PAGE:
KG

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    Muffalopadus says:

    Does this game have any appeal to a person who has no idea what prom is?

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    tumbleworld says:

    Christ. And I thought Dear Amy was supposed to be frightening and depressing.

    What’s next? Eastenders: Drive Ian Beale* To Suicide?

    * He’s some sort of Eastenders person, right?

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      Craig Pearson says:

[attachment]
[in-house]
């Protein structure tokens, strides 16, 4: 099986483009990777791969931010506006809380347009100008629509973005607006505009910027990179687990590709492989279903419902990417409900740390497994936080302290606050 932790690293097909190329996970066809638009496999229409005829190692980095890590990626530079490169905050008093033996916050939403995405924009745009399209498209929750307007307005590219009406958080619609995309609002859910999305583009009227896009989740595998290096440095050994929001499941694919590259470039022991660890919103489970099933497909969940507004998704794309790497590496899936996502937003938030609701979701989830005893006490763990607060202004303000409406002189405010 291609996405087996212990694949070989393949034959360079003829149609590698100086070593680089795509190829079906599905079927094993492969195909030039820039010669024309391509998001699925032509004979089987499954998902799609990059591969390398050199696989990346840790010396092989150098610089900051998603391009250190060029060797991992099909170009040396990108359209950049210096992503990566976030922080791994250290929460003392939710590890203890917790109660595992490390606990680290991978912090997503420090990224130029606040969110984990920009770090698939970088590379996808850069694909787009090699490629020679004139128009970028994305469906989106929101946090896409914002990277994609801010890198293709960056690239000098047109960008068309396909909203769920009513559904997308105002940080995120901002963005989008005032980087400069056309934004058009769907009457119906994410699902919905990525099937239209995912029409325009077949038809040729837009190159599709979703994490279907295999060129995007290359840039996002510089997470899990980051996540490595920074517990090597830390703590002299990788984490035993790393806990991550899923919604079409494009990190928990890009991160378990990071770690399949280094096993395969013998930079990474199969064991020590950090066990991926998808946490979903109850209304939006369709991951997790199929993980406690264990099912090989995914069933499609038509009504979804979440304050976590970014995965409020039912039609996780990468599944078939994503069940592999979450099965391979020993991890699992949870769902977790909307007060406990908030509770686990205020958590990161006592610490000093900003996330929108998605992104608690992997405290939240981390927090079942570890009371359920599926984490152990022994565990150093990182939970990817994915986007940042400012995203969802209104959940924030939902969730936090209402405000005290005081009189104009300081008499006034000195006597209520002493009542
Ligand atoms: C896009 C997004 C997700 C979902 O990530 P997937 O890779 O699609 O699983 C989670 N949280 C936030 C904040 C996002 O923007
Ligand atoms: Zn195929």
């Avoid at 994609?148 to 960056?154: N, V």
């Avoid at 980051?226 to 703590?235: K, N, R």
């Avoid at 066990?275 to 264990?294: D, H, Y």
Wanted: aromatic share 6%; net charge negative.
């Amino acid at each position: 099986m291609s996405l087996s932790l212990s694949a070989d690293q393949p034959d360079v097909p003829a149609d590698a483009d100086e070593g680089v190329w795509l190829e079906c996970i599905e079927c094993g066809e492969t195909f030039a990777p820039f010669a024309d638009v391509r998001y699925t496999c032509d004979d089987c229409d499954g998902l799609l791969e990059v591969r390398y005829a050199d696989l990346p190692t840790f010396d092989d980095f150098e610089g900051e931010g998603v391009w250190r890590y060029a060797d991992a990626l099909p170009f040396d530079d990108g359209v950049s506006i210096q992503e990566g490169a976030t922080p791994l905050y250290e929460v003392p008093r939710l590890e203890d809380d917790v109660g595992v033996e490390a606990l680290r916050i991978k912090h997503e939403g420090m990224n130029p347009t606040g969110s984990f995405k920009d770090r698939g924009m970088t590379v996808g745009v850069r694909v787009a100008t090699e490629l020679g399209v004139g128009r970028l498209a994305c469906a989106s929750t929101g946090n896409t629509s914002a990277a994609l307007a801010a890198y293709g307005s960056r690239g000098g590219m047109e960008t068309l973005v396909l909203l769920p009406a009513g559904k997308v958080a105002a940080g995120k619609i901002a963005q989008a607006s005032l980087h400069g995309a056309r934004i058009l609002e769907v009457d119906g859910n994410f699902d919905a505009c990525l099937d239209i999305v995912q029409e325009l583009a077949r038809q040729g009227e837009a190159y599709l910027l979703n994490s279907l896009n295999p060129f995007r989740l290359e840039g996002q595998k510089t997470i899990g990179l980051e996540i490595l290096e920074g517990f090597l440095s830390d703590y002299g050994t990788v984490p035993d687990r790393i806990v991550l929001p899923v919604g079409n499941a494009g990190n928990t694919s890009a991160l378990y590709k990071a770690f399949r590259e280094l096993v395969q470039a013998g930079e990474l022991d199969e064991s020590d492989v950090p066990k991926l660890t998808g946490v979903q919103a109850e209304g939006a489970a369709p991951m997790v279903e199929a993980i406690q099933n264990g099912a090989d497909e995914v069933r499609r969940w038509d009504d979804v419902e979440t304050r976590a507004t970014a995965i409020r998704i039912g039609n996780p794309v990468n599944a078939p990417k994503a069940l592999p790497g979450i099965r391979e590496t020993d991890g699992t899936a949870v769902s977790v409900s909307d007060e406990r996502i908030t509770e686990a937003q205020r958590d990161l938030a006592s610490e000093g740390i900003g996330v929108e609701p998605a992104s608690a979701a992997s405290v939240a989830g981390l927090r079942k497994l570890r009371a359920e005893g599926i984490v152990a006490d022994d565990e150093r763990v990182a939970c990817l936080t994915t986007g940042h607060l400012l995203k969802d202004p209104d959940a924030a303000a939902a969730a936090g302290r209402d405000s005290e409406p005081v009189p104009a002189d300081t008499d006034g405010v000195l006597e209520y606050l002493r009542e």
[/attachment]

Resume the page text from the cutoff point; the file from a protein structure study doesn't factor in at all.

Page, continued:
To be fair, it was only depressing because I made it that way. I think. There’s definitely scope for a good playthrough.

  7. josh says:

    Thanks for the review — I’m glad you had a fun and messy Prom Week experience! We put a lot of development time in to allowing many different player-driven routes through every story.

    One thing: Prom Week is going to be on platforms other than Facebook! We’re planning to release it on Kongregate and hopefully a slew of tablets and phones. Also, we had a directly-playable release up for the IGF audience choice award. Should we put it back up for a bit, RPS community? The voting ends in a few days.

  8. Dizzard says:

    Just found this game, it’s really interesting.

    I think it would be neat if we could create our own characters, populating the school with our own creations (more than 18) and develop them from the ground up.